Second degree murder requires the intent to kill or the intent to cause bodily harm which is likely to cause death. No planning or deliberations are required. 

For attempted murder, the accused must have attempted to kill with intent. 

Firing the gun and being reckless, is not enough to convict this teen of attempted murder. 

Based on the evidence that I have heard and seen, I do not believe Howard Roulette's testimony, at all. He is unreliable, untrustworthy and I believe that he actively participated in these killings, alongside both other accused. Since I do not believe his testimony, which is the only testimony that implicated the killings as planned and deliberate, I therefore do not think that this teen should be found guilty of first degree murder. I do not believe that this was a planned attack. I believe, it was random. 

I do believe, however, that this teen did participate in the killings and should be found guilty of second degree murder, on the basis of intent to kill the three that were killed that night.

I do not believe that this teen possessed the intent for attempted murder on the three individuals who were injured. I believe that he was just recklessly firing the gun and that their injuries happened by accident. Therefore, I feel that he should be acquitted of the 3 counts of attempted murder. 

If the jury finds this teen guilty of first or 2nd degree murder, I feel that he should be sentenced as a youth not an adult. I feel that an adult sentence would be too harsh and not effective as prison is criminogenic for youth, meaning it causes more crime and re-offending so therefore, the less prison time, the better. I don't think he belongs in an adult prison such as Stony as there are many violent offenders housed there, with pro criminal attitudes, values and behaviours, which he would likely learn. This is why prison is always referred to as the college for criminals.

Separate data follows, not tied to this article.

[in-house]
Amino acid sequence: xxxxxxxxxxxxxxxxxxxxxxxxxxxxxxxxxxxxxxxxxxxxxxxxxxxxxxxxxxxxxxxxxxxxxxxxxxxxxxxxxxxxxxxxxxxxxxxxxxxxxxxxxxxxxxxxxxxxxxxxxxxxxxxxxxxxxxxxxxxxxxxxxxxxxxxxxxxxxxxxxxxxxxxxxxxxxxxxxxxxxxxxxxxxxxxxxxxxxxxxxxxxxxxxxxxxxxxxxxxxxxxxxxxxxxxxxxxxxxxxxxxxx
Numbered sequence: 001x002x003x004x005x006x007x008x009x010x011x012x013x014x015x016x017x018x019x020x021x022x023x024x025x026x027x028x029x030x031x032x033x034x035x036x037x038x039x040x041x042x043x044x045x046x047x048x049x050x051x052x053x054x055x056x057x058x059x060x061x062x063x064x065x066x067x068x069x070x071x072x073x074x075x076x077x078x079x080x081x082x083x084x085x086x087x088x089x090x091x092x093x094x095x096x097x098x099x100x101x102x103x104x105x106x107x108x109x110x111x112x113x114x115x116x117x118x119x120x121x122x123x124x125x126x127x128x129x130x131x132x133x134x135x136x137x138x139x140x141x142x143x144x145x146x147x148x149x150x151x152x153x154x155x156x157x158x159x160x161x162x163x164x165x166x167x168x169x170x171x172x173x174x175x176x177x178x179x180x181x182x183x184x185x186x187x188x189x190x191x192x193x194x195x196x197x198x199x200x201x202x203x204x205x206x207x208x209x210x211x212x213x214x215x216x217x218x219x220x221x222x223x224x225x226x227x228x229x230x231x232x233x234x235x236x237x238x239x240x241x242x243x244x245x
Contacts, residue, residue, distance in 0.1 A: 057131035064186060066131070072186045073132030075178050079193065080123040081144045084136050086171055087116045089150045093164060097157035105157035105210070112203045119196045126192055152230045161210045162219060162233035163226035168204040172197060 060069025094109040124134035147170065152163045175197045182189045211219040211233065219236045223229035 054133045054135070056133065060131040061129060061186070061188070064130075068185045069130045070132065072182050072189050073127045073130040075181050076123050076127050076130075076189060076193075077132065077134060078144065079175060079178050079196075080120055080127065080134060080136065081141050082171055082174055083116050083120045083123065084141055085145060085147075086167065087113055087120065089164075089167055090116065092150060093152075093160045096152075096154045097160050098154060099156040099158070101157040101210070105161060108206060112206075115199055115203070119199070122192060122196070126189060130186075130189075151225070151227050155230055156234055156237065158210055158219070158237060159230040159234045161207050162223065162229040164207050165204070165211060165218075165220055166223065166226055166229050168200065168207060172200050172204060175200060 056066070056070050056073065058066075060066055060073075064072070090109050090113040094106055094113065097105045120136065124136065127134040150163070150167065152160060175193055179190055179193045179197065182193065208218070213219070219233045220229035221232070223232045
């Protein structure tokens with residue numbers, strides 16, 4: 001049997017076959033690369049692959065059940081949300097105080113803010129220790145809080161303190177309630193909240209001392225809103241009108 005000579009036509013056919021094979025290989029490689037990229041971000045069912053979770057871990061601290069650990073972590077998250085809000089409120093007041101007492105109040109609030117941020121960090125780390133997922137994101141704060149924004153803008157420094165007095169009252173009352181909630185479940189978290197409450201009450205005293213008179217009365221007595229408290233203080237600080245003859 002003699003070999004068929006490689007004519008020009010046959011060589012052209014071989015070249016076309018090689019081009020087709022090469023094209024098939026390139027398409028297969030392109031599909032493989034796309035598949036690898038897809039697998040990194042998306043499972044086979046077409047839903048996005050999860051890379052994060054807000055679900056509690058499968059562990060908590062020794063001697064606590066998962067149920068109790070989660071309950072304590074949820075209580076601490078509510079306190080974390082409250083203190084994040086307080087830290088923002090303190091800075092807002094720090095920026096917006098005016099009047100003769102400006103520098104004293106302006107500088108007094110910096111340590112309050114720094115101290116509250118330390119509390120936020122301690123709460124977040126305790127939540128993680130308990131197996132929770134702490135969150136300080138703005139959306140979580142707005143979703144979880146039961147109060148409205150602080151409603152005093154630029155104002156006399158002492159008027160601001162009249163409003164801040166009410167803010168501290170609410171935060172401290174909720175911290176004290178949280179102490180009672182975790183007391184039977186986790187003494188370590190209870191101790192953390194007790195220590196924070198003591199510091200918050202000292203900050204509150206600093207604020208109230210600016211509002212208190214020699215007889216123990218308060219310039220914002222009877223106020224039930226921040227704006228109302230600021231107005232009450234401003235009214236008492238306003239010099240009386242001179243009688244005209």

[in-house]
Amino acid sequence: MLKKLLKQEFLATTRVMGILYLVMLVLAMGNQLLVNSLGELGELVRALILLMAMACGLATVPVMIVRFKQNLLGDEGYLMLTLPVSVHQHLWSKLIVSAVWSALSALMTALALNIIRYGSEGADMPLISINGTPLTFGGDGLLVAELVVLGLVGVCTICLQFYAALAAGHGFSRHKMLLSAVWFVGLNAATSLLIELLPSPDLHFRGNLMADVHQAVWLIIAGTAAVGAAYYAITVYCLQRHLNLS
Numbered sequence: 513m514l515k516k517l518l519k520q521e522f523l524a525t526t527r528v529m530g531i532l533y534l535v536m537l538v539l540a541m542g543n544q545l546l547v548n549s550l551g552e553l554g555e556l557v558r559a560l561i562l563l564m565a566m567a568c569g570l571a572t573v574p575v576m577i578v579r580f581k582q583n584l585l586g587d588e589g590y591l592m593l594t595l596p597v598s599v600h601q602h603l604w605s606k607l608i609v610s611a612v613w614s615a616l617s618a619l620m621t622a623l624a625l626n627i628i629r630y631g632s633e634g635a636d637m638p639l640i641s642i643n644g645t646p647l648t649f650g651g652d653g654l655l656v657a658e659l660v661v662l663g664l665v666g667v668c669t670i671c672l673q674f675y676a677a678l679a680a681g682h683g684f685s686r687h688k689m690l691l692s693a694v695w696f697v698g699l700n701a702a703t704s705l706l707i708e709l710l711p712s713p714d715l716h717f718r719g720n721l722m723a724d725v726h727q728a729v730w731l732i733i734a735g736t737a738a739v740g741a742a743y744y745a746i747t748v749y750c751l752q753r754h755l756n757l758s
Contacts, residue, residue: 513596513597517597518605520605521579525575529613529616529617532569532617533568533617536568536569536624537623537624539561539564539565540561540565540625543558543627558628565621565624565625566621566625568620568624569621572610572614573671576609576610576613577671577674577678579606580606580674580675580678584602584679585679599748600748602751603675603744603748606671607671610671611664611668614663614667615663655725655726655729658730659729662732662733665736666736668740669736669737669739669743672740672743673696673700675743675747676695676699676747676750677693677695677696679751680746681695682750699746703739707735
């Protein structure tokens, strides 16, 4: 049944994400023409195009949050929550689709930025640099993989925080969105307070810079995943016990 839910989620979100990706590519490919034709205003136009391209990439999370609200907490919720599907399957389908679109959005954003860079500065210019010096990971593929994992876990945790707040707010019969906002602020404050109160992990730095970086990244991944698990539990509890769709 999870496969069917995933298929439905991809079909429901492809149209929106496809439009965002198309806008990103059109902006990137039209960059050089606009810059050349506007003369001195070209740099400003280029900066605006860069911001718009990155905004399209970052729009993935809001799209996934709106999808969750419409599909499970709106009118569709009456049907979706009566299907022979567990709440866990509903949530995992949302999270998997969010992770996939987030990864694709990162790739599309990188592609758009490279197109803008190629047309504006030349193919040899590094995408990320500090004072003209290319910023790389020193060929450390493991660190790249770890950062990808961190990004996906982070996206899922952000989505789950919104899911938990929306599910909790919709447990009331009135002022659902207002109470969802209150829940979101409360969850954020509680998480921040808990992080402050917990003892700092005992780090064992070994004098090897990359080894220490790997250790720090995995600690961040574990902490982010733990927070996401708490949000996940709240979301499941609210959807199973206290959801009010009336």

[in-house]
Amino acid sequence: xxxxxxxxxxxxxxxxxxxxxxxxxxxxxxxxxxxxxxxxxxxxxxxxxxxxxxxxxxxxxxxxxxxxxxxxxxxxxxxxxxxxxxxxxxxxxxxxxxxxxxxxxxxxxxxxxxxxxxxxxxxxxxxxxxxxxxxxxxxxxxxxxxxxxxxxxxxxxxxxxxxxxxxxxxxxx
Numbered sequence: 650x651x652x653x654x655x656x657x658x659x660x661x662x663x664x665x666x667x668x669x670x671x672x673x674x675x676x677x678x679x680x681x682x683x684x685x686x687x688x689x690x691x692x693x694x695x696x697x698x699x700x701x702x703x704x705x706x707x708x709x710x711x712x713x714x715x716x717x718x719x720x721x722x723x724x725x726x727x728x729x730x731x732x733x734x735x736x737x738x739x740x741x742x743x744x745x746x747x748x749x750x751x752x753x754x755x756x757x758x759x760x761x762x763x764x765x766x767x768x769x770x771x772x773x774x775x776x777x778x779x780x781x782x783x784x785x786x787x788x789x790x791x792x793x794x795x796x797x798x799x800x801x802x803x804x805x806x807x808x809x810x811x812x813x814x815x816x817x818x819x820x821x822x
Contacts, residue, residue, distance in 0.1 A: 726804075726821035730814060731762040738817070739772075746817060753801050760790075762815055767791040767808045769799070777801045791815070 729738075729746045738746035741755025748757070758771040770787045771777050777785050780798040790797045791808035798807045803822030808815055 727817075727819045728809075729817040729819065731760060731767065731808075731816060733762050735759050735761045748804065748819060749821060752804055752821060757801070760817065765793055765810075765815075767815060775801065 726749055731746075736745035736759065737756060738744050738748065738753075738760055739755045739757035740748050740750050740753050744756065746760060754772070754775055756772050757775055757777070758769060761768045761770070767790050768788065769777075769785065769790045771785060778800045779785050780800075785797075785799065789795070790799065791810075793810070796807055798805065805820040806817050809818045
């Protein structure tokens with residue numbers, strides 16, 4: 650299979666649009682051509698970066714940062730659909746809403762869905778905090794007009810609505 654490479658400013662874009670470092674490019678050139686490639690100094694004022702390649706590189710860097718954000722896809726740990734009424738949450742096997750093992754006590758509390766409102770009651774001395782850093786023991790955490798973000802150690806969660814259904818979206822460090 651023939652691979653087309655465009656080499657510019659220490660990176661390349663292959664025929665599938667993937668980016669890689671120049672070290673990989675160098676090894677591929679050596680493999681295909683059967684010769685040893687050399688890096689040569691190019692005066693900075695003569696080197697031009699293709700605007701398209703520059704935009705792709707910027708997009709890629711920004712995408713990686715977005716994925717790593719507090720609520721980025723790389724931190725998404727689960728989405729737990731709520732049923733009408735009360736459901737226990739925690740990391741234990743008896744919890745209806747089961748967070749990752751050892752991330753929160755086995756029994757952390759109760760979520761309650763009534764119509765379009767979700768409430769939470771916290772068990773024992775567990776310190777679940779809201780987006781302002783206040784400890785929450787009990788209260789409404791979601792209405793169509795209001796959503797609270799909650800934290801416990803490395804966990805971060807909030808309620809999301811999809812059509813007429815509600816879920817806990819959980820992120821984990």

I believe that instead, this teen should be found guilty of 2nd degree murder and sentenced as a youth. The maximum youth sentence for 2nd degree is 7 years. 4 of those years must be served in custody and 3 of them under community supervision. 

If he was sentenced as an adult, the maximum sentence would be life imprisonment with no parole eligibility for between 10 and 25 years, which I feel, is too harsh.

If the jury happens to convict him of 1st degree, the maximum youth sentence is 10 years, 6 of which must be served in custody and 4 in the community. As an adult, he would face life imprisonment with no chance at parole for 25 years. This is far too harsh for a youth. 

However, there is also the issue that this teen, in my opinion, did kill three individuals. Therefore, the question can be raised, should be be sentenced as an adult and for a longer time period to account for three separate lives? It was a violent and random and senseless attack and maybe this should be taken into consideration. 

I wish there was a prison where teens sentenced as adults could go exclusively and not be mixed in with adult offenders. I just don't see that as a good idea or one that would have a positive impact on this young man's life.